Beware! The EPA mold scale ERMI© is misleading

Charles and Danielle Dobbs

EERMI testingRMI testing, developed by the EPA to test a home for mold is, in our opinion, totally meaningless, flawed, and impractical.  This post is actually a paper we published several years ago, and we thought the information would interest our readers.  The post is in two-parts.  The first part, Is ERMI Testing Reliable to Test a Home For Mold, explains how the ERMI test was developed.  In the second part, we point out the flaws of ERMI testing.

ERMI testing involves testing a home for mold with a single dust sample. It is based on DNA analysis of the concentrations of 36 species of mold.  Sounds very scientific indeed.  But, is this test practical to test a home for mold?  We say it’s not.

As a result of a research project, EPA researchers devised a scale to assess a home for mold, called ERMI©, for EPA Relative Moldiness Index.  Then, the EPA patented their so-called “new technology,” and now the dust sample test along with the ERMI scale is touted as “the standard” for the field of mold testing.

Some background – The EPA Office of Research and Development (ORD), together with the Case Western Reserve University Medical School, conducted a five-year study in the Cleveland area on the effect of mold exposure on children.  Their results show that the incidence of asthma in children in mold-remediated homes was extremely low compared to their previous “moldy” home environment.  Wow!  What a revelation, it took five years to find that out.  They should simply have asked us (or you) and we could have told them and spared the taxpayers the cost of such a useless study.  No real harm done here, except for 5 million dollars down the drain.  Mind you, we are not disputing the obvious results.  What is more alarming is that the test they developed for that particular study is now being touted as the latest breakthrough in testing homes for mold.  Now, that is damaging!  As seasoned mold inspectors we feel that this is going to hinder the progress in accurately assessing a home or building for mold.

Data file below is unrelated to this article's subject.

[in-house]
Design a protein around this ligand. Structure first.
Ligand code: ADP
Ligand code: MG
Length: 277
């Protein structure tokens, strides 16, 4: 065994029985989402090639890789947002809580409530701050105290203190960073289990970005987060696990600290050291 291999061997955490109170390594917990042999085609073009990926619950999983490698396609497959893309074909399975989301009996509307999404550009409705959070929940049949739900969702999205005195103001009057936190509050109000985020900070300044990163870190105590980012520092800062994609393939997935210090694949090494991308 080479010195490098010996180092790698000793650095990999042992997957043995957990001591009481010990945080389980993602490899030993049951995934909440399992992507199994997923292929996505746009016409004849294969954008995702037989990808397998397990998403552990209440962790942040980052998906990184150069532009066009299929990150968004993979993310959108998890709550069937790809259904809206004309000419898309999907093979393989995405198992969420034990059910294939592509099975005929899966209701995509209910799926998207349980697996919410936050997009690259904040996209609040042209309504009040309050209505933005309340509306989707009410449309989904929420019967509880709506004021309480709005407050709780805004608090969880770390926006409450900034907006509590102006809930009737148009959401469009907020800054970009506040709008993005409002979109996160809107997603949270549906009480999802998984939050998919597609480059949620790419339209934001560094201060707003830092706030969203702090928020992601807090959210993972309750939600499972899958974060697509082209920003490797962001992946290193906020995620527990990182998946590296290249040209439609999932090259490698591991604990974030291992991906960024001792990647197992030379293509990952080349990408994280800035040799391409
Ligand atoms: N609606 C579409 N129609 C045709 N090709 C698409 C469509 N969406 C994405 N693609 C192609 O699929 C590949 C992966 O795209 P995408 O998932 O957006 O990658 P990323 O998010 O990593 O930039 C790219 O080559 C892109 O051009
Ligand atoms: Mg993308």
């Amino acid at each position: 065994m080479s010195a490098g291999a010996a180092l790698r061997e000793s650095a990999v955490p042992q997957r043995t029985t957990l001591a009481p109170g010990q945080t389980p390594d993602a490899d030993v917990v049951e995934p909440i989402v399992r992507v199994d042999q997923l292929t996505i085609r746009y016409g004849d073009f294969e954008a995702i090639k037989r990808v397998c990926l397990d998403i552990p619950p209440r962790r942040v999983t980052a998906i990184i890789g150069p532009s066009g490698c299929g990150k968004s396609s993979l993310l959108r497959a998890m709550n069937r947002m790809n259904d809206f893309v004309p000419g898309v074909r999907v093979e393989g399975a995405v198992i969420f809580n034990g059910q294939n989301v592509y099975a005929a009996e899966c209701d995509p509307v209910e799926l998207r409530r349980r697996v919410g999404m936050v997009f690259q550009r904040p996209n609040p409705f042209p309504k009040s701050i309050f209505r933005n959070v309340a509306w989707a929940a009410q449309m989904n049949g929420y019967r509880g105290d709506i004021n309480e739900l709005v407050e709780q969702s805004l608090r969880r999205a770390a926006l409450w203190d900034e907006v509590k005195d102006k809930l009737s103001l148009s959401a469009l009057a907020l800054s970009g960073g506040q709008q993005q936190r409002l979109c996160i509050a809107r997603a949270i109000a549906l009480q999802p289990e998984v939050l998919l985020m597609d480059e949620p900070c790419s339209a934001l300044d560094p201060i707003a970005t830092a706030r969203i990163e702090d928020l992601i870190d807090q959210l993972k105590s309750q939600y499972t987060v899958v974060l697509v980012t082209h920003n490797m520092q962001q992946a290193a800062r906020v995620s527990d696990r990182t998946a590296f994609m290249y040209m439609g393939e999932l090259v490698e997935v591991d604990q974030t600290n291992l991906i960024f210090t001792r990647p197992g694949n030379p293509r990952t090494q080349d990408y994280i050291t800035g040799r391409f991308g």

Research biologist, Stephen Vesper from the U.S. EPA/Office of Research and Development (ORD)/National Exposure Research Laboratory (NERL), recaps two studies as follows:

Susceptibility to Asthma Controlled by Modifying the Environment
In a just-completed, five-year study in Cleveland-area, water-damaged homes of asthmatics, EPA Office of Research and Development (ORD) researchers, in collaboration with Case Western Reserve University Medical School, established that specific molds were statistically more common in water-damaged homes.  When the molds were removed from these homes, the children had a significant decrease in asthma symptoms and symptom days.  The result was a statistically significant tenfold reduction in the use of medical interventions (i.e., emergency room visits or hospital admissions) for children living in these homes.

In a just-completed study in Cincinnati, the relationship between mold concentrations and the development of wheeze and/or rhinitis in infants was tested.  To measure exposure risk, EPA scientists developed the EPA relative moldiness index© or ERMI© based on the measurement of the concentration of 36 species of molds in floor dust samples by using EPA’s patented “Mold Technology.”  The ERMI© values were used to accurately predict the risk for infants developing respiratory illness.

By applying these findings and techniques, we should be able to reduce the asthma burden in the US, reduce the use of medical care, and save lives.

Here is how this new patented ERMI© testing works: